• and at least one instruction instructing the device to store a mapping of an event description of the second event received from the second IoT device to the generic entry.
    • 28. The non-transitory computer-readable medium of claim 21, further comprising:
      • at least one instruction instructing the device to transmit the events dictionary to other IoT devices in the IoT network.
  • 30
    30. An apparatus for automatically generating an events dictionary in an Internet of Things (IoT) network, comprising:
    • means for receiving configured to receive a notification of a first event from a first IoT device in the IoT network
    • means for processing configured to: determine a state of the first IoT device before and after the first event
    • compare the states of the first IoT device
    • determine a type of state change of the first event based on a comparison of the states of the first IoT device
    • determine whether the type of the state change of the first event is present in the events dictionary
    • and create a generic entry based on the type of the state change of the first event not being present in the events dictionary, wherein the type of the state change associated with the generic entry is common to IoT devices of a same type and/or class as the first IoT device
    • and means for storing configured to store, in the events dictionary, a mapping of an event description of the first event to the generic entry.
See all independent claims <>

Description

TECHNICAL FIELD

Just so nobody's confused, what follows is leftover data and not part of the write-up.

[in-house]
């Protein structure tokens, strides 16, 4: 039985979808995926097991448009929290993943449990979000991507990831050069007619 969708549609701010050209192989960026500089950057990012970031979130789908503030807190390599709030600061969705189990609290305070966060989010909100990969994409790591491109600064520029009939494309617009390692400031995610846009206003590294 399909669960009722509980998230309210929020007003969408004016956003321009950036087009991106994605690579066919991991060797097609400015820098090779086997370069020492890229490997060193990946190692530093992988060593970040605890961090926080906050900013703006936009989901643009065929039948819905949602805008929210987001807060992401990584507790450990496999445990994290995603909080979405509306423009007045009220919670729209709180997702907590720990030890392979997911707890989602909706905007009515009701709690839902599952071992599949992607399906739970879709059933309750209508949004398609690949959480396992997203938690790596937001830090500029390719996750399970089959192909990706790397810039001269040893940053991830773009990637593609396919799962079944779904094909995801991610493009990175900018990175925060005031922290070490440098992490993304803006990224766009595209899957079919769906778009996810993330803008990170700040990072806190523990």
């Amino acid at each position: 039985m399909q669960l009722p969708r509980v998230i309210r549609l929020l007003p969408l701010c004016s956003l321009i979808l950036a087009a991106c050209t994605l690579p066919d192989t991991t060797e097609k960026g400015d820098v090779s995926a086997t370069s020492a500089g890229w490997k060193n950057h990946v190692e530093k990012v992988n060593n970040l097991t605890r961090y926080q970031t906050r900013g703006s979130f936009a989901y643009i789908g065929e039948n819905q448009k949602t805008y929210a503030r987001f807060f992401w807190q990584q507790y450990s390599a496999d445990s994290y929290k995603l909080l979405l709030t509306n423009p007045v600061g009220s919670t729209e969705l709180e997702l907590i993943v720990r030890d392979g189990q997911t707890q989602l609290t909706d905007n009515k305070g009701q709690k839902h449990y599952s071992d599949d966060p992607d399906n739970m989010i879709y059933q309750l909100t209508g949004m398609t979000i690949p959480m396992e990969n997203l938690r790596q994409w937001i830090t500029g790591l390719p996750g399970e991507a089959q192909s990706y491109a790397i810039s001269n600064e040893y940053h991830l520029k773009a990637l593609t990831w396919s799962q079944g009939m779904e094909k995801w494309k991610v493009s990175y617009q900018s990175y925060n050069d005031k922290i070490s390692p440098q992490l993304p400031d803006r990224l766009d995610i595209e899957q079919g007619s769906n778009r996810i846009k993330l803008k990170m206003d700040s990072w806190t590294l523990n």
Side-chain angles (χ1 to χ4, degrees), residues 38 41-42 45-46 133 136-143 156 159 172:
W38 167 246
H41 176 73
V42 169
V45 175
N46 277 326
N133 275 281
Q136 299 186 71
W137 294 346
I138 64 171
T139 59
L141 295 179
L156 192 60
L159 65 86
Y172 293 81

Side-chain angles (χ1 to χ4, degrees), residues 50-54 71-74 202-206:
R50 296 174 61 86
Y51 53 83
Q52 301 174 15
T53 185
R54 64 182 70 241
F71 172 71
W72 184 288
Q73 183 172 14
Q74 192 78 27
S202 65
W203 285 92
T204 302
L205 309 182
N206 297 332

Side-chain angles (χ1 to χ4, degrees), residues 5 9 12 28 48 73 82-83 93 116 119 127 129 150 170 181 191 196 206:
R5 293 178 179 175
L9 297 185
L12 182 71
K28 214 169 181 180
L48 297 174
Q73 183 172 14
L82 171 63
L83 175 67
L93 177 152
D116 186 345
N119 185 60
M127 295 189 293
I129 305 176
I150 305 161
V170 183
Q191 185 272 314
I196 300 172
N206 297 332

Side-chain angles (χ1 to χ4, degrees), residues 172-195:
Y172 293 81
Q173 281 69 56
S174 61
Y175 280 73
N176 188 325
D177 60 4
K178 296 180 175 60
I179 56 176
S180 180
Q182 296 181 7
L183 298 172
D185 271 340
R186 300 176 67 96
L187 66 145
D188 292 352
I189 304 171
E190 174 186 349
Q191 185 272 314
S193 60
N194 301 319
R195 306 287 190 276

The disclosure is related to automatically generating a machine-to-machine (M2M) events dictionary in a distributed Internet of Things (IoT) network.

BACKGROUND

The Internet is a global system of interconnected computers and computer networks that use a standard Internet protocol suite (e.g., the Transmission Control Protocol (TCP) and Internet Protocol (IP)) to communicate with each other. The Internet of Things (IoT) is based on the idea that everyday objects, not just computers and computer networks, can be readable, recognizable, locatable, addressable, and controllable via an IoT communications network (e.g., an ad-hoc system or the Internet).

A number of market trends are driving development of IoT devices. For example, increasing energy costs are driving governments' strategic investments in smart grids and support for future consumption, such as for electric vehicles and public charging stations. Increasing health care costs and aging populations are driving development for remote/connected health care and fitness services. A technological revolution in the home is driving development for new “smart” services, including consolidation by service providers marketing ‘N’ play (e.g., data, voice, video, security, energy management, etc.) and expanding home networks. Buildings are getting smarter and more convenient as a means to reduce operational costs for enterprise facilities.